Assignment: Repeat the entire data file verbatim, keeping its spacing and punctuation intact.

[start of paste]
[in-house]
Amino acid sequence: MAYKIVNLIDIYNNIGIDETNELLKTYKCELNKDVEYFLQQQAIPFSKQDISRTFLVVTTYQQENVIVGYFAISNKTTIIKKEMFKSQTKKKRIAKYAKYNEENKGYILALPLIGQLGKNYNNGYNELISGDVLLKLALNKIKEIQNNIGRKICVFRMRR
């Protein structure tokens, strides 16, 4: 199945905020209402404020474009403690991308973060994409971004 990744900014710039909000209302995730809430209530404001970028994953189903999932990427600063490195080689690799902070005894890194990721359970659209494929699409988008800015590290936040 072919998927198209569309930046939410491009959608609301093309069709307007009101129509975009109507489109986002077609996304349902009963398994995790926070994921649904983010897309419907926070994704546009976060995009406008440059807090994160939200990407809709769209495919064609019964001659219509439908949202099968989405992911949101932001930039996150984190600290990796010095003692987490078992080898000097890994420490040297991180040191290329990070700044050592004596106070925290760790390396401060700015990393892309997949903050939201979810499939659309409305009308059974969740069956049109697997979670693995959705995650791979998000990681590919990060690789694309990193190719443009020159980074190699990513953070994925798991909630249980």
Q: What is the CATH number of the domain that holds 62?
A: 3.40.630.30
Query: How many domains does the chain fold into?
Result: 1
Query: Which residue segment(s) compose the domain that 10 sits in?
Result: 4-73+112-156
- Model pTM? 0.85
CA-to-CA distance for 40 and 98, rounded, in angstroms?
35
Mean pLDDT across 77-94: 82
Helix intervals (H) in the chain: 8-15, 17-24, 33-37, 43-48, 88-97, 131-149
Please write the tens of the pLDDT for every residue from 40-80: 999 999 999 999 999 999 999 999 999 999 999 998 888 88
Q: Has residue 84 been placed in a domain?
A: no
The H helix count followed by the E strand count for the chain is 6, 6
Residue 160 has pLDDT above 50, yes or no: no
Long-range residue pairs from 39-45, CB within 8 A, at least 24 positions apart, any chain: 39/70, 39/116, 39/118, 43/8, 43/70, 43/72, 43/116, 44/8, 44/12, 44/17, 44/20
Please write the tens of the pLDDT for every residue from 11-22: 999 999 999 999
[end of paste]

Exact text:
[in-house]
Amino acid sequence: MAYKIVNLIDIYNNIGIDETNELLKTYKCELNKDVEYFLQQQAIPFSKQDISRTFLVVTTYQQENVIVGYFAISNKTTIIKKEMFKSQTKKKRIAKYAKYNEENKGYILALPLIGQLGKNYNNGYNELISGDVLLKLALNKIKEIQNNIGRKICVFRMRR
């Protein structure tokens, strides 16, 4: 199945905020209402404020474009403690991308973060994409971004 990744900014710039909000209302995730809430209530404001970028994953189903999932990427600063490195080689690799902070005894890194990721359970659209494929699409988008800015590290936040 072919998927198209569309930046939410491009959608609301093309069709307007009101129509975009109507489109986002077609996304349902009963398994995790926070994921649904983010897309419907926070994704546009976060995009406008440059807090994160939200990407809709769209495919064609019964001659219509439908949202099968989405992911949101932001930039996150984190600290990796010095003692987490078992080898000097890994420490040297991180040191290329990070700044050592004596106070925290760790390396401060700015990393892309997949903050939201979810499939659309409305009308059974969740069956049109697997979670693995959705995650791979998000990681590919990060690789694309990193190719443009020159980074190699990513953070994925798991909630249980």
Q: What is the CATH number of the domain that holds 62?
A: 3.40.630.30
Query: How many domains does the chain fold into?
Result: 1
Query: Which residue segment(s) compose the domain that 10 sits in?
Result: 4-73+112-156
- Model pTM? 0.85
CA-to-CA distance for 40 and 98, rounded, in angstroms?
35
Mean pLDDT across 77-94: 82
Helix intervals (H) in the chain: 8-15, 17-24, 33-37, 43-48, 88-97, 131-149
Please write the tens of the pLDDT for every residue from 40-80: 999 999 999 999 999 999 999 999 999 999 999 998 888 88
Q: Has residue 84 been placed in a domain?
A: no
The H helix count followed by the E strand count for the chain is 6, 6
Residue 160 has pLDDT above 50, yes or no: no
Long-range residue pairs from 39-45, CB within 8 A, at least 24 positions apart, any chain: 39/70, 39/116, 39/118, 43/8, 43/70, 43/72, 43/116, 44/8, 44/12, 44/17, 44/20
Please write the tens of the pLDDT for every residue from 11-22: 999 999 999 999